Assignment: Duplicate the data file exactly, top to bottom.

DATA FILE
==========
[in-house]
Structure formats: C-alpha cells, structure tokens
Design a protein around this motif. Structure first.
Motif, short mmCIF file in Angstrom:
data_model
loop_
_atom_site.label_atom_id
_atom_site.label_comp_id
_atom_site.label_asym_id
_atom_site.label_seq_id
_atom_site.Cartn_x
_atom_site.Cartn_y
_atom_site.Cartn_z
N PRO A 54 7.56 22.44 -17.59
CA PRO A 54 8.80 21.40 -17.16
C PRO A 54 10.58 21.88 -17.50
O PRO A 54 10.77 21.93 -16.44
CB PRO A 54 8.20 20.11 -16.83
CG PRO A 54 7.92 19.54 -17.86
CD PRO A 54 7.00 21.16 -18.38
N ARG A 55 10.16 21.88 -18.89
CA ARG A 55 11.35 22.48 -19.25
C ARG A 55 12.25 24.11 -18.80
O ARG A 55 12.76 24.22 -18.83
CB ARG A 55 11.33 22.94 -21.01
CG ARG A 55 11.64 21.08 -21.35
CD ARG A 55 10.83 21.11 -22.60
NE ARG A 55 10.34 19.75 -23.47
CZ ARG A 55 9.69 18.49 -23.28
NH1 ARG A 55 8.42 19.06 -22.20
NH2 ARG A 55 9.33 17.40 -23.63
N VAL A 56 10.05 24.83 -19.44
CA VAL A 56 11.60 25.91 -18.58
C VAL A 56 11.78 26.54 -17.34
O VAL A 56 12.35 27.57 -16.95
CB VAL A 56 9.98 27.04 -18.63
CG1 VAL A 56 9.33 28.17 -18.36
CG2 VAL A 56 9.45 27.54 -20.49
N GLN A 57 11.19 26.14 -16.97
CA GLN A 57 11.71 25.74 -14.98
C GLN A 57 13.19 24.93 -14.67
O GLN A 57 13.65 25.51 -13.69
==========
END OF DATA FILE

[in-house]
Structure formats: C-alpha cells, structure tokens
Design a protein around this motif. Structure first.
Motif, short mmCIF file in Angstrom:
data_model
loop_
_atom_site.label_atom_id
_atom_site.label_comp_id
_atom_site.label_asym_id
_atom_site.label_seq_id
_atom_site.Cartn_x
_atom_site.Cartn_y
_atom_site.Cartn_z
N PRO A 54 7.56 22.44 -17.59
CA PRO A 54 8.80 21.40 -17.16
C PRO A 54 10.58 21.88 -17.50
O PRO A 54 10.77 21.93 -16.44
CB PRO A 54 8.20 20.11 -16.83
CG PRO A 54 7.92 19.54 -17.86
CD PRO A 54 7.00 21.16 -18.38
N ARG A 55 10.16 21.88 -18.89
CA ARG A 55 11.35 22.48 -19.25
C ARG A 55 12.25 24.11 -18.80
O ARG A 55 12.76 24.22 -18.83
CB ARG A 55 11.33 22.94 -21.01
CG ARG A 55 11.64 21.08 -21.35
CD ARG A 55 10.83 21.11 -22.60
NE ARG A 55 10.34 19.75 -23.47
CZ ARG A 55 9.69 18.49 -23.28
NH1 ARG A 55 8.42 19.06 -22.20
NH2 ARG A 55 9.33 17.40 -23.63
N VAL A 56 10.05 24.83 -19.44
CA VAL A 56 11.60 25.91 -18.58
C VAL A 56 11.78 26.54 -17.34
O VAL A 56 12.35 27.57 -16.95
CB VAL A 56 9.98 27.04 -18.63
CG1 VAL A 56 9.33 28.17 -18.36
CG2 VAL A 56 9.45 27.54 -20.49
N GLN A 57 11.19 26.14 -16.97
CA GLN A 57 11.71 25.74 -14.98
C GLN A 57 13.19 24.93 -14.67
O GLN A 57 13.65 25.51 -13.69